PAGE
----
I really think that perhaps the way his songs ebb and flow from lower notes to higher notes make his style easily identifiable, regardless of which time period his songs come from.


Wed Aug 15, 2007 5:51 am
Profile
Broadway Legend / MdN Veteran
Broadway Legend / MdN Veteran
User avatar

Joined: Fri Apr 18, 2003 11:07 pm
Posts: 11297
Main Role: Performer
Post 
you stil only mentioned mostly his work with Hammerstein and 2 instnces with hart. lets not forget he wrote more songs with Hart than Hammerstien and 4 shows with others after Hammerstien's death.

_________________
Image[/quote]


Thu Aug 16, 2007 7:53 am
Profile WWW
Broadway Legend / MdN Veteran
Broadway Legend / MdN Veteran
User avatar

Joined: Wed May 14, 2003 8:33 am
Posts: 3056
Location: Musical Cyberspace
Current Obsession: Musicals!
Post Re: Rodgers' identifiable musical style
Yip1982 wrote:
Is it easy for any lay listener to identify a Richard Rodgers composition as his own, even given the three distinct styles?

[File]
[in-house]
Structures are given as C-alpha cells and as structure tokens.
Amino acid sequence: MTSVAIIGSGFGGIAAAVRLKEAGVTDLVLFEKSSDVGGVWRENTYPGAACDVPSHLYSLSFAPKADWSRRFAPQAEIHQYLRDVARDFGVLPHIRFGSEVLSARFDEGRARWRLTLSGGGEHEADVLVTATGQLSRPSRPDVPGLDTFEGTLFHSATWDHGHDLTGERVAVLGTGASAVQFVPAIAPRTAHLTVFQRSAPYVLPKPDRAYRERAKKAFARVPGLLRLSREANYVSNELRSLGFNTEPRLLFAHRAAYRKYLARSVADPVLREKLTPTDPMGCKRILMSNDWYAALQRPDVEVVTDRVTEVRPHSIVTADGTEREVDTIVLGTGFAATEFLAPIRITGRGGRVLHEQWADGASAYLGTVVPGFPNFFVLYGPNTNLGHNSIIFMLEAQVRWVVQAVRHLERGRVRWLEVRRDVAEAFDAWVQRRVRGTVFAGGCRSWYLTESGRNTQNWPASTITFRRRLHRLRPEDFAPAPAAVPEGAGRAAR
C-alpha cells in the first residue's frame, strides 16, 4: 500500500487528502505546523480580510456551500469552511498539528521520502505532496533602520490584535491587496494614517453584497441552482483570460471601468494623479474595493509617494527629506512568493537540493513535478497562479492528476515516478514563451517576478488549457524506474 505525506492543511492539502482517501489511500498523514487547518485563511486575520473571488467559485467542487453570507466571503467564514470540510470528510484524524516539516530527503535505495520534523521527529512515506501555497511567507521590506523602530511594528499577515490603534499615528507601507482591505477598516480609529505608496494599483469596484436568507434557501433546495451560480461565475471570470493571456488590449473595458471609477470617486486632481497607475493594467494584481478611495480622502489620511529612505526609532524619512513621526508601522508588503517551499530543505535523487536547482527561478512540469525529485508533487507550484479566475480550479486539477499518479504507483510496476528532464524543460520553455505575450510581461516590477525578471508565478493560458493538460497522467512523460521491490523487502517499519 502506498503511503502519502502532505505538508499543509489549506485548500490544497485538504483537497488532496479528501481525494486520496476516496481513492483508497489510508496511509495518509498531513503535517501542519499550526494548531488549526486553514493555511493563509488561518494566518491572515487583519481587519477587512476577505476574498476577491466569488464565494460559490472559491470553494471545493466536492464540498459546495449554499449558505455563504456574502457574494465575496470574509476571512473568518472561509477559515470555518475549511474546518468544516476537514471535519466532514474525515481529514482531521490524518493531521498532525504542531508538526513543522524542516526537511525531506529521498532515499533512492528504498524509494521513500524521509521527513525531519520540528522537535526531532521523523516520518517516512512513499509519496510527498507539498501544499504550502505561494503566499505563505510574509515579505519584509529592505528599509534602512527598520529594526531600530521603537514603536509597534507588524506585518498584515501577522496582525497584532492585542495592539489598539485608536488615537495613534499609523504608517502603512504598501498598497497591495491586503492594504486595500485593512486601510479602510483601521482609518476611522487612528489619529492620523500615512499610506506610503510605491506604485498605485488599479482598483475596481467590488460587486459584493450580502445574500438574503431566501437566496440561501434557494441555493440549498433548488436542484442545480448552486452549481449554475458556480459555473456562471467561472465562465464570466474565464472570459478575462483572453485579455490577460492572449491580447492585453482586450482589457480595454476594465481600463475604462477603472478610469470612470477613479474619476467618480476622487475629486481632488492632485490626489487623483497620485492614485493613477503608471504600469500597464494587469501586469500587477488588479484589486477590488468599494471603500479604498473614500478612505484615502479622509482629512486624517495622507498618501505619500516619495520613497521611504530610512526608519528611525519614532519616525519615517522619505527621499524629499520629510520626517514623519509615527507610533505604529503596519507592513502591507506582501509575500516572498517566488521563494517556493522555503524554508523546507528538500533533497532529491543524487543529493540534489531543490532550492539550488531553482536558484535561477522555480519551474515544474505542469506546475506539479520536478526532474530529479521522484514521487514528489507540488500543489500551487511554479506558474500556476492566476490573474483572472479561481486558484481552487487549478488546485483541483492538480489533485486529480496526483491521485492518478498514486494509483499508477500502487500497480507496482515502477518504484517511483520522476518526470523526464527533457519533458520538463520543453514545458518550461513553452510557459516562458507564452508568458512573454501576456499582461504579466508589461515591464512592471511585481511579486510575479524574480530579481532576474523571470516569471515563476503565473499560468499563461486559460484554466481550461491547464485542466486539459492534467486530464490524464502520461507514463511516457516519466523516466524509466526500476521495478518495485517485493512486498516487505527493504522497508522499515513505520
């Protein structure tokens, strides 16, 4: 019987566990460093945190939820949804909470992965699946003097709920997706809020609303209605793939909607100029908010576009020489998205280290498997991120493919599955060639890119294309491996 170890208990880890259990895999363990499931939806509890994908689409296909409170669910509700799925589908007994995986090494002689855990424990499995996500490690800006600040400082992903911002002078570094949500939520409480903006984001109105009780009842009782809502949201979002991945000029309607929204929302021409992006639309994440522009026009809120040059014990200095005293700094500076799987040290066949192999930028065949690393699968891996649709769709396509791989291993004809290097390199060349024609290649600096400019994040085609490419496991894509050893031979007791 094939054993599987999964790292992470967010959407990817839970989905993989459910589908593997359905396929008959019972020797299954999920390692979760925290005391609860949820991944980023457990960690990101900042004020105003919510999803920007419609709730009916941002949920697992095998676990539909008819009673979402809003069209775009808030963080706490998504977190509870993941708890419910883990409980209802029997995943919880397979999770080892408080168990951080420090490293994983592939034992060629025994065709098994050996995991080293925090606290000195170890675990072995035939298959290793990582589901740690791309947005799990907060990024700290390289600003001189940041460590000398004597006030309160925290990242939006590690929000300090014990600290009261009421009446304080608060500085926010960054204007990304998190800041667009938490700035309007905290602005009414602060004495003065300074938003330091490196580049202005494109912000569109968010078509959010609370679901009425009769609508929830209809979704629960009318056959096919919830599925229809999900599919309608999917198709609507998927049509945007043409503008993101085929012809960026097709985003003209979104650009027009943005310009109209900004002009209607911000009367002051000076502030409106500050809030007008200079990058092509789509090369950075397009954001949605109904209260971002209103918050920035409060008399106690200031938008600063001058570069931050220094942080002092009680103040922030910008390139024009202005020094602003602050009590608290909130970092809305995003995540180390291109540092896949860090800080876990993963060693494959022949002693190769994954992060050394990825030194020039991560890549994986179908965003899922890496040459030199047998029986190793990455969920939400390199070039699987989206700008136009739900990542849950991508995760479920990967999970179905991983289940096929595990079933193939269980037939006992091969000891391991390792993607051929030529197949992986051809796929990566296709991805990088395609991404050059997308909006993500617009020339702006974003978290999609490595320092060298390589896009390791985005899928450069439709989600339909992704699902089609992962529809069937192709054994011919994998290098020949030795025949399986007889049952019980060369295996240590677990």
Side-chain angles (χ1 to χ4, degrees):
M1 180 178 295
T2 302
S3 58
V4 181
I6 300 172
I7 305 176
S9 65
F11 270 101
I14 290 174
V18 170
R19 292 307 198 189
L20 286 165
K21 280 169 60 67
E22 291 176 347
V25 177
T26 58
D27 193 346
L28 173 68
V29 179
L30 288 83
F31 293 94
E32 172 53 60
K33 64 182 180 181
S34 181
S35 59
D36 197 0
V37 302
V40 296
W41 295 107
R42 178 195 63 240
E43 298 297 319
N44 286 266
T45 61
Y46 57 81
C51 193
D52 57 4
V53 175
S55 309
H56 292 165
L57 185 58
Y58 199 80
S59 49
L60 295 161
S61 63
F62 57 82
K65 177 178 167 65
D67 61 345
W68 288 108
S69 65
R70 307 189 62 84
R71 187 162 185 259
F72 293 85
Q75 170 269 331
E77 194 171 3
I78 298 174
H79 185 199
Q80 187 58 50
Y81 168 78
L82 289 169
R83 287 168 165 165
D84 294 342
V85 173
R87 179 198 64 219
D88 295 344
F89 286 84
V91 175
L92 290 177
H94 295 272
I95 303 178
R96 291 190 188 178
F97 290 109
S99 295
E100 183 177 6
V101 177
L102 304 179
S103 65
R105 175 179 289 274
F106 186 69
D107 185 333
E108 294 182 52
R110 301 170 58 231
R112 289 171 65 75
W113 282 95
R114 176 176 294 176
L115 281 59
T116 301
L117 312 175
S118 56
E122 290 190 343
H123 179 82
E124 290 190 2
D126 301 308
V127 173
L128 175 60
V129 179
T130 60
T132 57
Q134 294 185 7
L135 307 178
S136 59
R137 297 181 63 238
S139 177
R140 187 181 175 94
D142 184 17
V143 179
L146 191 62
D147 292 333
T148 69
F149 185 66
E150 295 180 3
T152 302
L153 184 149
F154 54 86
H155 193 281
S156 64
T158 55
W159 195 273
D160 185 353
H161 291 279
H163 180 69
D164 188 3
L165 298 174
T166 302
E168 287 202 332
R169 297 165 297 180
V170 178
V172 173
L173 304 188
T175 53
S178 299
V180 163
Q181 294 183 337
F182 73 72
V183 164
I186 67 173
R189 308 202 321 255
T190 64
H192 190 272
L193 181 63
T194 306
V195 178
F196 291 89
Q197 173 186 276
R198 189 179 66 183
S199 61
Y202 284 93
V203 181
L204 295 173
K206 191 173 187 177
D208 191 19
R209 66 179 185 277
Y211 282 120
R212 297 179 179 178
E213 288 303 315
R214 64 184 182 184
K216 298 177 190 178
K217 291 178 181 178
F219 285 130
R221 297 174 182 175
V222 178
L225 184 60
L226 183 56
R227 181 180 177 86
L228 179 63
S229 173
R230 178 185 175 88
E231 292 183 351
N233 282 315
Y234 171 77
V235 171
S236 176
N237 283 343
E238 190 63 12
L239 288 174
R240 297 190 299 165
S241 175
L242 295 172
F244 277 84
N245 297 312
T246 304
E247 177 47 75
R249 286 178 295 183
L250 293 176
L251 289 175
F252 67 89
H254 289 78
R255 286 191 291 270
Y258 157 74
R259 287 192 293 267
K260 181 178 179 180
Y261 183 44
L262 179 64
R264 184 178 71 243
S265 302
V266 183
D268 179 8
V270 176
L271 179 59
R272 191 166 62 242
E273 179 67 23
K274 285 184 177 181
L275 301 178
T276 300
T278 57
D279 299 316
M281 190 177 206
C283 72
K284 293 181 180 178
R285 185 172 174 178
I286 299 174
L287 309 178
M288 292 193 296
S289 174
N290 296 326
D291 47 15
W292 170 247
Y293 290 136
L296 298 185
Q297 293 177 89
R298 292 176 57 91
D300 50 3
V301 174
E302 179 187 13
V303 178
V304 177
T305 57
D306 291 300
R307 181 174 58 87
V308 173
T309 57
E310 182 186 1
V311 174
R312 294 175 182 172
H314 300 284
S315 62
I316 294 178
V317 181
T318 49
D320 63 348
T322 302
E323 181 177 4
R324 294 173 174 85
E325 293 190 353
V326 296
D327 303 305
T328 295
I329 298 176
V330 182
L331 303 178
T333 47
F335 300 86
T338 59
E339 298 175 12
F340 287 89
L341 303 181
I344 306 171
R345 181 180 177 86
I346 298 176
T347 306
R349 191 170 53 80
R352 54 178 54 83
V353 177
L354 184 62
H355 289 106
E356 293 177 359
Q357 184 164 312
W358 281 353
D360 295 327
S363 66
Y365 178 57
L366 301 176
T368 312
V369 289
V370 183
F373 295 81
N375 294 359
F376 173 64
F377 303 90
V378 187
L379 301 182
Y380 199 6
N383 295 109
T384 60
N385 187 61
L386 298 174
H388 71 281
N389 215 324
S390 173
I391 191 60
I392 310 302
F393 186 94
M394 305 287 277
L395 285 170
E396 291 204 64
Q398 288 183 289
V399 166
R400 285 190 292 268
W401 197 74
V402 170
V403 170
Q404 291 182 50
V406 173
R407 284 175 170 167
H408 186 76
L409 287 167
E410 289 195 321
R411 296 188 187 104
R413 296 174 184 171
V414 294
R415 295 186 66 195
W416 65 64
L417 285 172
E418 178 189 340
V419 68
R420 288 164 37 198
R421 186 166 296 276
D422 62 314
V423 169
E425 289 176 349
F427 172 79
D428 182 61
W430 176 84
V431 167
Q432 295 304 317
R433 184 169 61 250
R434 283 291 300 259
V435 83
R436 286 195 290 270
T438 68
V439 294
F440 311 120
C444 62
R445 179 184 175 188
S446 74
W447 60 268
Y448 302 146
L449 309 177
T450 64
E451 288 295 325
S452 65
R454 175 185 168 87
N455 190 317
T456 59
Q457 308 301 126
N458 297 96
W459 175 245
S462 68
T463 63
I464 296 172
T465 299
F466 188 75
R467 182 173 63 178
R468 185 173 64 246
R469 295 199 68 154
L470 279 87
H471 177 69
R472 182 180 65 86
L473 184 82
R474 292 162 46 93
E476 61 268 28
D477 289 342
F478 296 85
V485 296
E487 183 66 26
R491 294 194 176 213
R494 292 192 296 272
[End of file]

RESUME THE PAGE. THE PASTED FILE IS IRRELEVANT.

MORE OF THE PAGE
Salome wrote:
Rodgers... was a brilliant composer. His years with Larry Hart showed his Jazzy,almost Cole Porter-ish style. with (Oscar Hammerstein) from 42-60 he showed a more classical sweeping style. Each of his shows after... showed a respect for the material and style.

Pinpointing the specifics of a style is very difficult, particularly for a 'lay listener'. Both you and Dawn have pointed out that, in general, there is/are (at least two) distinct phases in his body of work. This is not only influenced by his collaborators but also by the journey that musical theatre traveled during Rodgers' lifetime - for which, of course, he was partly responsible.